6. Right Concentration: Objects
Geoffrey Hunt [+]
University of Surrey
He has taught meditation in schools, in a prison, a village for the elderly, and an alcohol rehabilitation centre. He has served the Dhamma in hospices, funerals and interfaith events. He has worked in Japan, Nigeria and Lesotho and is a writer and international speaker on ethical issues of health, science and advanced technology. He has published several books in the field of professional ethics. He is married to Rev. Beverley Hunt, an Anglican minister.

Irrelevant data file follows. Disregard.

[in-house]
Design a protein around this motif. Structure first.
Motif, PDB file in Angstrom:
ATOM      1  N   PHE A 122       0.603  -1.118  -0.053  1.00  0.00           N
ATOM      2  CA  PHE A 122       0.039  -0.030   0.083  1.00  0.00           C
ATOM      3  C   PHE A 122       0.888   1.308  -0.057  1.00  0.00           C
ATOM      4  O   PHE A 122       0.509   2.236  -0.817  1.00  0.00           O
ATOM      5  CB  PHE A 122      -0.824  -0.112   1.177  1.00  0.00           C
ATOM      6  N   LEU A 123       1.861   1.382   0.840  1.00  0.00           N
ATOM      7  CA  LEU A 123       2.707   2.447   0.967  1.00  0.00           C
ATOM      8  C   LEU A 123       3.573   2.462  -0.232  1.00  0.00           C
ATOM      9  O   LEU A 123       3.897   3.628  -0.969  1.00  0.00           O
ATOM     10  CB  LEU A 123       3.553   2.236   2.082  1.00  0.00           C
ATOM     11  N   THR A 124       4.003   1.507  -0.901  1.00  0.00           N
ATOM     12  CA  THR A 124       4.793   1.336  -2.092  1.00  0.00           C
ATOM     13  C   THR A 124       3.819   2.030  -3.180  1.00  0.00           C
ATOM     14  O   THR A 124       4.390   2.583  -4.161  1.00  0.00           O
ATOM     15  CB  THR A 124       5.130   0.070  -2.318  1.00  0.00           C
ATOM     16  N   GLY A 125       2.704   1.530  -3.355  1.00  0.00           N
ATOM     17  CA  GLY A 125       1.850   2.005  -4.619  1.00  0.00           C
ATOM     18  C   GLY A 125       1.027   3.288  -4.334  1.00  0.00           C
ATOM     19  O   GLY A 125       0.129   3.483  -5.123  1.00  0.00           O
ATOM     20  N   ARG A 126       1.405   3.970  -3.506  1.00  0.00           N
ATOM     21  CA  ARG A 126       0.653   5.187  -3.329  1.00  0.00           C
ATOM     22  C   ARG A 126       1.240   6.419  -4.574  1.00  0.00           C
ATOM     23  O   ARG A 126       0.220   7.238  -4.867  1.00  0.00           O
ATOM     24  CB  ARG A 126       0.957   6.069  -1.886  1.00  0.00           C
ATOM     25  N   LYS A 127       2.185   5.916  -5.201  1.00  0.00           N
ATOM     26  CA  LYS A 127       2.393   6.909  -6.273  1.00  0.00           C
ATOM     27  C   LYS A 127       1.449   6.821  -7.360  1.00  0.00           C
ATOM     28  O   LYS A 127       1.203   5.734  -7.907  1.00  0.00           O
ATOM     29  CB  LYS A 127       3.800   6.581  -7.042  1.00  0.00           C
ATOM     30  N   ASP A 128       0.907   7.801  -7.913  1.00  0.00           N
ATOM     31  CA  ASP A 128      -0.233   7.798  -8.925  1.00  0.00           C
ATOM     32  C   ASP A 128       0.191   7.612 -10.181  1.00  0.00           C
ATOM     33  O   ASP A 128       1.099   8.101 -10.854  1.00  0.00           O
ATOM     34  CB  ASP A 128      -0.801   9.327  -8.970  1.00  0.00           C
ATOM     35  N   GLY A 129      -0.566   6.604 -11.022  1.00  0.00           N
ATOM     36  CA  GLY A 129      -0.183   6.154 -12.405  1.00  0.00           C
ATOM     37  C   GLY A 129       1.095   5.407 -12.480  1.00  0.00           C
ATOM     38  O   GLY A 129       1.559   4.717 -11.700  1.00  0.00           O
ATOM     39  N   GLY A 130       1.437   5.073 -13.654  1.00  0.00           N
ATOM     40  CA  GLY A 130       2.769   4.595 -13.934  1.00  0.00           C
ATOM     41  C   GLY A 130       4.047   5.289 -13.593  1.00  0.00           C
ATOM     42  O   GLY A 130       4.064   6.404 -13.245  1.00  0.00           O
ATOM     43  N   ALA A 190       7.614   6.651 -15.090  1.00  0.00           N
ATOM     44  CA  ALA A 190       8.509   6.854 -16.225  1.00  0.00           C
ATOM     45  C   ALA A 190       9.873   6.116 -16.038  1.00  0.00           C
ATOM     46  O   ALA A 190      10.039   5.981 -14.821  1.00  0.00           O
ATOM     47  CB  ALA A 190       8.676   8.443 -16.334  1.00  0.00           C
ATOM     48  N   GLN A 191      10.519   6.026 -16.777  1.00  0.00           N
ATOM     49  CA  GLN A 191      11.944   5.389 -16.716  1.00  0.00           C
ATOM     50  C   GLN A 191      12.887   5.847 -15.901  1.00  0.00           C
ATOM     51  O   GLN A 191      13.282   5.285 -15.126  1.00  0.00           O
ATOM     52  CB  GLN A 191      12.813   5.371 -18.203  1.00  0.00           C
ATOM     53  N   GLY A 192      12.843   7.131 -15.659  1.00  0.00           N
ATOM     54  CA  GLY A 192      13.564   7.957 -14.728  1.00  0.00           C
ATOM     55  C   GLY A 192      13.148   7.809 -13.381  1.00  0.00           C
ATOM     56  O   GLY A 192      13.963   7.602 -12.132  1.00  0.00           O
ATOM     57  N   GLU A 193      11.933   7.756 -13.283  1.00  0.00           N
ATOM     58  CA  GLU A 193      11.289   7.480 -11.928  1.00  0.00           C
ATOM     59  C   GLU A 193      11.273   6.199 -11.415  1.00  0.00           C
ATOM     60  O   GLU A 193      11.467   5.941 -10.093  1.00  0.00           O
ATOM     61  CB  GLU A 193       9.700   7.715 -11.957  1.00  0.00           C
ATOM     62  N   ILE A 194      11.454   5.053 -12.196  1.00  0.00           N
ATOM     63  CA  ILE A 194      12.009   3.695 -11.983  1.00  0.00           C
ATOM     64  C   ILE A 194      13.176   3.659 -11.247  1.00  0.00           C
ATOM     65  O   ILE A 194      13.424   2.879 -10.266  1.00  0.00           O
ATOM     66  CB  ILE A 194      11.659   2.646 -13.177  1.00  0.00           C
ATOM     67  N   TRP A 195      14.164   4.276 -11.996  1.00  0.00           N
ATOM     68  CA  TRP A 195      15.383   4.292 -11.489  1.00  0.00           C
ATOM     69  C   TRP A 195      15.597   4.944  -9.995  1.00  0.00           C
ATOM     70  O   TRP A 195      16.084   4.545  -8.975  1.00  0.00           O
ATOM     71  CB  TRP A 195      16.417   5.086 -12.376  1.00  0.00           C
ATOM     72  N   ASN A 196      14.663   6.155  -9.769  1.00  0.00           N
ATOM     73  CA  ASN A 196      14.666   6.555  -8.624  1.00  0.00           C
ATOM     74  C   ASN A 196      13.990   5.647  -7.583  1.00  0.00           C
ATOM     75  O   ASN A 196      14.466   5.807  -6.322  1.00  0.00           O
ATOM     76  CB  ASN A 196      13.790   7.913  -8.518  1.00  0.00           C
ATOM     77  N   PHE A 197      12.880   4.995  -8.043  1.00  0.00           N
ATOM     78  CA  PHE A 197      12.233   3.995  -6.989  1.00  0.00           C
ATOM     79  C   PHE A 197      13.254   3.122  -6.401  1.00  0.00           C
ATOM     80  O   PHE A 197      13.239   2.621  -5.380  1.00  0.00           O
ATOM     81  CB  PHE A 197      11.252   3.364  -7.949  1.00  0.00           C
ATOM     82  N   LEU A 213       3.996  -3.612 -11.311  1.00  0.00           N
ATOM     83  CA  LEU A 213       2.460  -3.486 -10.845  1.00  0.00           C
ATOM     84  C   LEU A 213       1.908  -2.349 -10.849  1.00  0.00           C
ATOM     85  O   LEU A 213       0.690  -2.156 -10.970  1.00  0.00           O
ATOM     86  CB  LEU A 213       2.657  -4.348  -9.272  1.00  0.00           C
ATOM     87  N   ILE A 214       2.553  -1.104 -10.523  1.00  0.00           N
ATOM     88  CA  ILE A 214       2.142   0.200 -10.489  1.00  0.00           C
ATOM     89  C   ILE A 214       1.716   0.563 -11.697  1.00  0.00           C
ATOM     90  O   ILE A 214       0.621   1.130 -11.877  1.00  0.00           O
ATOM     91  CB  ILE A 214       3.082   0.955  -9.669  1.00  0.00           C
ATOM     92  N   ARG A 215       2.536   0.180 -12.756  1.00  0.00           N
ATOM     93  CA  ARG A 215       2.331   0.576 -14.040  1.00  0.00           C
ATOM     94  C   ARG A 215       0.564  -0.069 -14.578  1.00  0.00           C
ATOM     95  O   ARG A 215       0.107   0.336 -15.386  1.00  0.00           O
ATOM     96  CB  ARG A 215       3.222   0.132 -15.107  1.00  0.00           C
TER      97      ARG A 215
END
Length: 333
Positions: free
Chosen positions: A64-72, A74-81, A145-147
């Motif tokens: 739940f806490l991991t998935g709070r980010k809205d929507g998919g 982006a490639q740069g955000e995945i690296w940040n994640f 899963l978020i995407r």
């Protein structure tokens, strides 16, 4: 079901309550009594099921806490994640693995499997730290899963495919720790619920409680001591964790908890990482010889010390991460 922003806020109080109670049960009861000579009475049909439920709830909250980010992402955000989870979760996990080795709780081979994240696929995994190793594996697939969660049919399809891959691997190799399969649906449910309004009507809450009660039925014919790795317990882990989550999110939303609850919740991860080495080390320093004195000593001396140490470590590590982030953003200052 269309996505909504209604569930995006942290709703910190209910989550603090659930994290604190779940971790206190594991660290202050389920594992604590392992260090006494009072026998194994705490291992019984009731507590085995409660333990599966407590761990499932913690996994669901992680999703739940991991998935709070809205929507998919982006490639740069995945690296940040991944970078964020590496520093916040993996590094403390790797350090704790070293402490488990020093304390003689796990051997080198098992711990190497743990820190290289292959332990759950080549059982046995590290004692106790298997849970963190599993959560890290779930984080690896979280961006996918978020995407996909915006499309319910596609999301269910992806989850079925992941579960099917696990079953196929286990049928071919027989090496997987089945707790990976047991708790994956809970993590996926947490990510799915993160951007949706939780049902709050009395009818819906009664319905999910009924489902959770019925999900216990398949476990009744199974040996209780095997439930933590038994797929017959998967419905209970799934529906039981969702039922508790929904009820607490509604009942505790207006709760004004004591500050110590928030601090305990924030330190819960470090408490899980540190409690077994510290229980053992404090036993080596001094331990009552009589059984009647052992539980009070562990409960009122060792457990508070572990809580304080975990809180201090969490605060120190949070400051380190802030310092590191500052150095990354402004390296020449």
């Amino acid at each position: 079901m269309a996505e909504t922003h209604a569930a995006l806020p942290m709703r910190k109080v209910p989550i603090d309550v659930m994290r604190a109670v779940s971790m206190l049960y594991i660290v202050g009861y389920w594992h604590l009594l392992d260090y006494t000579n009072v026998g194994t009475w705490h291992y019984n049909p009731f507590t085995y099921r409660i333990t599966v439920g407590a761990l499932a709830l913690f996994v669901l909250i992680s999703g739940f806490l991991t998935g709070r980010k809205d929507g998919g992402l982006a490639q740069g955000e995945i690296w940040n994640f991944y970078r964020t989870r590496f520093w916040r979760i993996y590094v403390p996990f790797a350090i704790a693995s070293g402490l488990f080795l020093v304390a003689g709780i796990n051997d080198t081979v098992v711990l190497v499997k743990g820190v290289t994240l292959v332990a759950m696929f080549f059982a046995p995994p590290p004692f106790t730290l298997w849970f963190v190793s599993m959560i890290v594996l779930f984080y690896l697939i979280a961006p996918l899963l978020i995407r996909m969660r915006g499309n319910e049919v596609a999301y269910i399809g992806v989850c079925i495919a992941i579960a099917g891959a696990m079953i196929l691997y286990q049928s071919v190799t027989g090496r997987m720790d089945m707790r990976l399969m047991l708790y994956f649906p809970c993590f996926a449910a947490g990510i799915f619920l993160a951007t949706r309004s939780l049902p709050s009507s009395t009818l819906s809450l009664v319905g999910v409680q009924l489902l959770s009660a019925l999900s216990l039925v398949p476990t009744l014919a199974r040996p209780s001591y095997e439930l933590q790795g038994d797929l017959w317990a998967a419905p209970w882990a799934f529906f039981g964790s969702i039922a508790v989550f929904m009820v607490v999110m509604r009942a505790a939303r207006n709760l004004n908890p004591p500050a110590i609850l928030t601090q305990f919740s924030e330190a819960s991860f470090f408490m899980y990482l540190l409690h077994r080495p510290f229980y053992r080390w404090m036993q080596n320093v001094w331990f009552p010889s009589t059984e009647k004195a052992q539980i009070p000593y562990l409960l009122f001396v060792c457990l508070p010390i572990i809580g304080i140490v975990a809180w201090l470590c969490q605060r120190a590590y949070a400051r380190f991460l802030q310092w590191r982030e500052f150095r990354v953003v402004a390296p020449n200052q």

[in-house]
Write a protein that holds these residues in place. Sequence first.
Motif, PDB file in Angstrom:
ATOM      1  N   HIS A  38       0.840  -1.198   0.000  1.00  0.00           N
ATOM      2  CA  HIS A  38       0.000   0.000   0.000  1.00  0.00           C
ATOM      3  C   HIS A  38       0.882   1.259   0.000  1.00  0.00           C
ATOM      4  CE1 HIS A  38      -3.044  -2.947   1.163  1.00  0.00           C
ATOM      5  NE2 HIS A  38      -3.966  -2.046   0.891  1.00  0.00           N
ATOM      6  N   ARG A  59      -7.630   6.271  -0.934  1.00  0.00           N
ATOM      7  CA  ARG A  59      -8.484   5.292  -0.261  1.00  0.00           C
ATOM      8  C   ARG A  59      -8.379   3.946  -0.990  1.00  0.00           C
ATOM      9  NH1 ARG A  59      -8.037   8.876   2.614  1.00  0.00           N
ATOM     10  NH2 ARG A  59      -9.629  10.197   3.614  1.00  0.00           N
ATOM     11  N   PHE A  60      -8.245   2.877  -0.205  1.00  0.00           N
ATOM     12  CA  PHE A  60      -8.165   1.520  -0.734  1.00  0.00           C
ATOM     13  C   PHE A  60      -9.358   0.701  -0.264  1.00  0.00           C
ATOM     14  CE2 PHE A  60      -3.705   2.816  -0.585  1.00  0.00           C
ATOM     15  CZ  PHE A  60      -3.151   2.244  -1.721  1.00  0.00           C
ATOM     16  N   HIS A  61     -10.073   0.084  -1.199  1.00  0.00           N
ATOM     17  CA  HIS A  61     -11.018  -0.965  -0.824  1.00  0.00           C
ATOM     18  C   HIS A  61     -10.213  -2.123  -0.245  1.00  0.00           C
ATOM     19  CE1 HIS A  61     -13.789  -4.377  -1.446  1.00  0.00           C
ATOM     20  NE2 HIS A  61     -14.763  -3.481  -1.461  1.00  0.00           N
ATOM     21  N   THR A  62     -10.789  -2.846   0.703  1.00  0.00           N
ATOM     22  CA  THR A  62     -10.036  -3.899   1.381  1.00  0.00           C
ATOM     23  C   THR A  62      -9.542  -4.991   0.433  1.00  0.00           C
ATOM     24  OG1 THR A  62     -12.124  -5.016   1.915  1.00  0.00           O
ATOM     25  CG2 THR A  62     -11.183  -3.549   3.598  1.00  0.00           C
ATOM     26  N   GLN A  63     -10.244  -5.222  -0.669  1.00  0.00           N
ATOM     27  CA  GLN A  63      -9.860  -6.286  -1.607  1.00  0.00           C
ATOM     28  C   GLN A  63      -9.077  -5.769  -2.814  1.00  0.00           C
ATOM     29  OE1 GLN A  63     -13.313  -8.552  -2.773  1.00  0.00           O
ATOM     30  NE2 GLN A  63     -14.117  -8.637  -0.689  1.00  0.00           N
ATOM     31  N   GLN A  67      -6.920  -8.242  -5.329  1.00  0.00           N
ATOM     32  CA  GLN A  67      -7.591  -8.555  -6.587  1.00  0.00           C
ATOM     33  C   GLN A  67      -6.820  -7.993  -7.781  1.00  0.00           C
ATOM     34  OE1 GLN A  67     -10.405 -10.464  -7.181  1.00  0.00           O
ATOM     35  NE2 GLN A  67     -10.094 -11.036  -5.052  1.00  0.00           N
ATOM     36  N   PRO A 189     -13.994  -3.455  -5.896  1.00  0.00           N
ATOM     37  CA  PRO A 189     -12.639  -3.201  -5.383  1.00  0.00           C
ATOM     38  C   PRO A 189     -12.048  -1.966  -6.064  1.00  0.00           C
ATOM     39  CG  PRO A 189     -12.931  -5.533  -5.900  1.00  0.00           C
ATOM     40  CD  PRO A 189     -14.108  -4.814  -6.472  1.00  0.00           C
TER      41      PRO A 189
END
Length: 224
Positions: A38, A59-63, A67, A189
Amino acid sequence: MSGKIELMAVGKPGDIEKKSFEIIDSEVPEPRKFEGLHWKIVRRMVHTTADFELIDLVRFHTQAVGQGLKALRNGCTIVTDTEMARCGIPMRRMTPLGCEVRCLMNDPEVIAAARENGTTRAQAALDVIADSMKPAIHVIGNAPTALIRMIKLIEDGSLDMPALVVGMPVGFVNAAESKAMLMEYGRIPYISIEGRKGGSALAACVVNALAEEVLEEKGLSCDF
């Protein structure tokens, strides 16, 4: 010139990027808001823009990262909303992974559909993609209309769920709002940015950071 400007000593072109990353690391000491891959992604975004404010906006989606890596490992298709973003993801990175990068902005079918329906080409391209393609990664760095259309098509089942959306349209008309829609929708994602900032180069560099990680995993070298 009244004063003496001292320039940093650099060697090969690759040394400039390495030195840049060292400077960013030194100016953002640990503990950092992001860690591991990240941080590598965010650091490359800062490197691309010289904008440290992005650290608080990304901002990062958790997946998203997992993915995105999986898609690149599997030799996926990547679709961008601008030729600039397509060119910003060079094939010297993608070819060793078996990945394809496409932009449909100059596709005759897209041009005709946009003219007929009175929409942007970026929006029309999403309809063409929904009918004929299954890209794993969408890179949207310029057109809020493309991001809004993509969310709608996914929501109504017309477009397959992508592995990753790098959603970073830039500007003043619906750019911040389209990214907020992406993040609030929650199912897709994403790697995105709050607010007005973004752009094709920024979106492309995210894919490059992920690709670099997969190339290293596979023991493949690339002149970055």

The Buddha gives many examples of objects of meditation, and these are quite different from one another and may be selected by a teacher for individuals who are at different stages of attainment, are in different circumstances, have different cravings and aversions, and diverse characters. To give some examples: one could focus on an external object such as a pebble, a leaf, a bowl of water or earth, a candle flame, or a sound; or an internal object such as an afterimage of a candle-flame, or an invented image in the mind such as a figure of the Buddha or a ball of light. An exercise in focussing on a slowly drying leaf is provided, intimating at the important Buddhist concept of ‘impermanence’. It is explained why not all objects need be pleasant, since a great deal is learned from our self-aware responses to the unpleasant. In this chapter guidance is given on bringing together the basics to start regular meditation at home or work.